NEW YORK » It took OTB a long time to be born. And it is taking a long time to die.
Make no mistake: The 50 or so Off-Track Betting Corp. parlors across the city have been closed since December. But very few of the spaces have found new tenants — not in this economy, and not in their condition. So OTB lives on in apparition.
The corner parlor at Queens Boulevard in Forest Hills still wears its 1971 livery, the original OTB logo, like strands of spaghetti on a Kelly green platter. A field of blue ponies still thunders across the facade of the parlor and teletheater on Avenue U in Marine Park, Brooklyn. At Seventh Avenue and 38th Street in Manhattan, a red neon sign still blazes "Off-Tra," as if noir set designers had been through. And stacks of fresh betting slips still sit in the window of the parlor at 7206 13th Avenue in Dyker Heights, Brooklyn.
But the bettors have dispersed, and with them so has another small "d" democratic New York community — or communities, really, since the parlors were distinctly local. Puerto Rican on Winchester Avenue in the Bronx; Chinese on Chatham Square in Manhattan; Caribbean on Flatbush Avenue in Brooklyn. All vanished.
Which is just fine with Elaine Camerada, 71, the Grandma of Grandma’s Bakery at 7208 13th Avenue, next to the parlor in Dyker Heights.
"Thank God they’re gone," Camerada said early one morning as she shuttled loaves of freshly baked bread from racks to shelves. "The language. The fights. The filth. The screams. So they do it over the Internet or go to the casinos." Then she raised her eyebrows, as if to say, "Who cares how they’re losing their money now?"
Michael Lan, 51, the manager of Dinastia China, a restaurant on the Upper West Side, recalled patrons smoking outside the parlor next door, at 143 West 72nd Street. They littered on the sidewalk, called out rudely to women, demanded free water and sometimes solicited money from his customers. "The bottom line is we’re glad they left," Lan said.
In Sunset Park, Brooklyn, however, Raquel Ramos, 75, who works at a nearby senior center, took a more charitable view of the clientele at the parlor on Fifth Avenue, near 57th Street.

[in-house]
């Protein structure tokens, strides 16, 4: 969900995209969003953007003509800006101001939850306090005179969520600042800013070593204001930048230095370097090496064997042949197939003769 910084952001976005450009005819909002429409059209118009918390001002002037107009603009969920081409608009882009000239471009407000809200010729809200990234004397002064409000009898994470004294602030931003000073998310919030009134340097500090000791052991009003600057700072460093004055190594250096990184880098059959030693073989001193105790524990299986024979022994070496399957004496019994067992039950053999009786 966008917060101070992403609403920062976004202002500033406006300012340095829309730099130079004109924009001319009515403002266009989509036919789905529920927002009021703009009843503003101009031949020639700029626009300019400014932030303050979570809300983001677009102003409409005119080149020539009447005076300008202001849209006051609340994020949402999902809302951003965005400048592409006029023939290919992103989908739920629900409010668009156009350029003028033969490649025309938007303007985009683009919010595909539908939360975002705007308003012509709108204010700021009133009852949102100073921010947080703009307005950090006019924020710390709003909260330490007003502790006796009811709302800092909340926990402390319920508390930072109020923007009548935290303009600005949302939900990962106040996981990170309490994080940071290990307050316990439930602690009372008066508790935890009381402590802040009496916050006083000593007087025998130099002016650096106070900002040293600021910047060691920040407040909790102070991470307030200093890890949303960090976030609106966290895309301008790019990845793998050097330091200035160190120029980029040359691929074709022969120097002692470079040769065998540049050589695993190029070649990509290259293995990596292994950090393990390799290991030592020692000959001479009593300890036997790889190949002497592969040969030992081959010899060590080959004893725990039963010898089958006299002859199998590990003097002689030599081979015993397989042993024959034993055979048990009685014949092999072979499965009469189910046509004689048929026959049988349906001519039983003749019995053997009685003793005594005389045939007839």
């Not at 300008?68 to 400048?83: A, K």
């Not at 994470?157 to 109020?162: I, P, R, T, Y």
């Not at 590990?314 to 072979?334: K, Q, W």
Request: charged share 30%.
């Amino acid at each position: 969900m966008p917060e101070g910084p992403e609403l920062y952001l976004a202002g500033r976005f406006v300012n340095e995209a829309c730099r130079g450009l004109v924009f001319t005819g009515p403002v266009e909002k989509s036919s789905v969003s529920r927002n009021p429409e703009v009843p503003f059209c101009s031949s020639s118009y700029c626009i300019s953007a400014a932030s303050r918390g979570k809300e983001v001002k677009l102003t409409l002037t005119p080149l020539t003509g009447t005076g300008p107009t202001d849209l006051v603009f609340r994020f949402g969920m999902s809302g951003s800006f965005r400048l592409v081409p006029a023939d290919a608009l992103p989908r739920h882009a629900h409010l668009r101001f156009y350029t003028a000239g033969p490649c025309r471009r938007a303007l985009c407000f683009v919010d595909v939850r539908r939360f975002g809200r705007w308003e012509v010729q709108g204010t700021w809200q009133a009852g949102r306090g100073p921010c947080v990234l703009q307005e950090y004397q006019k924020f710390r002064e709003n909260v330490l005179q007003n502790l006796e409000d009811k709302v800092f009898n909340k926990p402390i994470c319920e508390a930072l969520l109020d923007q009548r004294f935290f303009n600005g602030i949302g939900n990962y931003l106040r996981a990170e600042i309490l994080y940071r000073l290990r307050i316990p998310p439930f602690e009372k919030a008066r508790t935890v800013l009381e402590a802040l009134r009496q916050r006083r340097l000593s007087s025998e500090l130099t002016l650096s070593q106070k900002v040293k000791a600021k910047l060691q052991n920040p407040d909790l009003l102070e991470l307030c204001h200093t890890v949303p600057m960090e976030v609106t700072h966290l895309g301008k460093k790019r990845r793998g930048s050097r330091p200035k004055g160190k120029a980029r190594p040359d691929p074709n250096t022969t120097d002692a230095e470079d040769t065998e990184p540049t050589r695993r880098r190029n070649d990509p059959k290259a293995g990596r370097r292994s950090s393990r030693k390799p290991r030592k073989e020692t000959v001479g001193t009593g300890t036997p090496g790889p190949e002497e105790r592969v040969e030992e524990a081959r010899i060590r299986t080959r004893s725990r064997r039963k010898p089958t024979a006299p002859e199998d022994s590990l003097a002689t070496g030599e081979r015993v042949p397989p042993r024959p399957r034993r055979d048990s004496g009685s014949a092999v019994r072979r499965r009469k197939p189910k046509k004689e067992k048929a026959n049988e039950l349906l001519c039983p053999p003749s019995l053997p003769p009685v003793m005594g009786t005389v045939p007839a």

"This place was always packed," Ramos said outside the parlor, where the wood-paneled betting window bays are still visible through the storefront. "There were a lot of seniors who liked to gamble. I liked to see them having fun in there. Now, they’re just standing around on the corner."
Fun was not what the individual calling himself the Birdman of Bensonhurst observed in the parlor under the el tracks on 86th Street, near Bay 29th Street, in Brooklyn.
"I watched people throw away millions and millions of dollars," he said. "Billions." He declined to give his real name and would identify the blue parakeet on his left shoulder only as Puffy. "It’s a sickness. You have to get help."
The idea of channeling gambling proceeds into the city treasury — and out of the hands of illegal bookmakers — had been floated many times before the first OTB windows opened in April 1971, at Grand Central Terminal and on Queens Boulevard.
In practice, the idea proved unwieldy and, at last, unprofitable. After the New York City Off-Track Betting Corp. filed for bankruptcy protection in 2009, Mayor Michael R. Bloomberg made it clear that its days were numbered. "Only in government can you run a bookie operation and actually lose money every year," he said last October.
Two months later, after the State Senate declined to pass a rescue bill, the corporation closed its parlors and laid off about 1,000 workers.
Most outlets now have "for rent" signs on them. The two-story parlor on Second Avenue in Manhattan, between 52nd and 53rd Streets, has more than that. It is wrapped entirely in vinyl siding that depicts an imaginary cafe and boutique.
"I don’t mind telling people that it’s a former OTB," said Jeffrey D. Roseman, an executive vice president of Newmark Knight Frank Retail, the real estate company that is marketing the space. "But I don’t want them to see it was an OTB when they’re standing in front of it, because it was so God-ugly."
Though the parlors could be unpleasant, Jessica Chapel said on her horse-racing blog, Railbird, that she felt at home among the oddball collection of characters. "On particularly unhappy days," she wrote, "I’d slip into a parlor downtown, and enjoy the anonymous companionship of others staring intently at programs and talking horses and hoping for that one big win."
Could reminiscences like this set the stage for a preservation movement?
Elisabeth de Bourbon, the communications director at the Landmarks Preservation Commission, gave the matter some thought before offering a personal observation.
"Isn’t it possible for a memory of a place to live on without a physical remnant?" she asked. "Does every place have to be remembered? I’m sure there are a lot of people who’d rather forget a place where they may have lost every dime they made."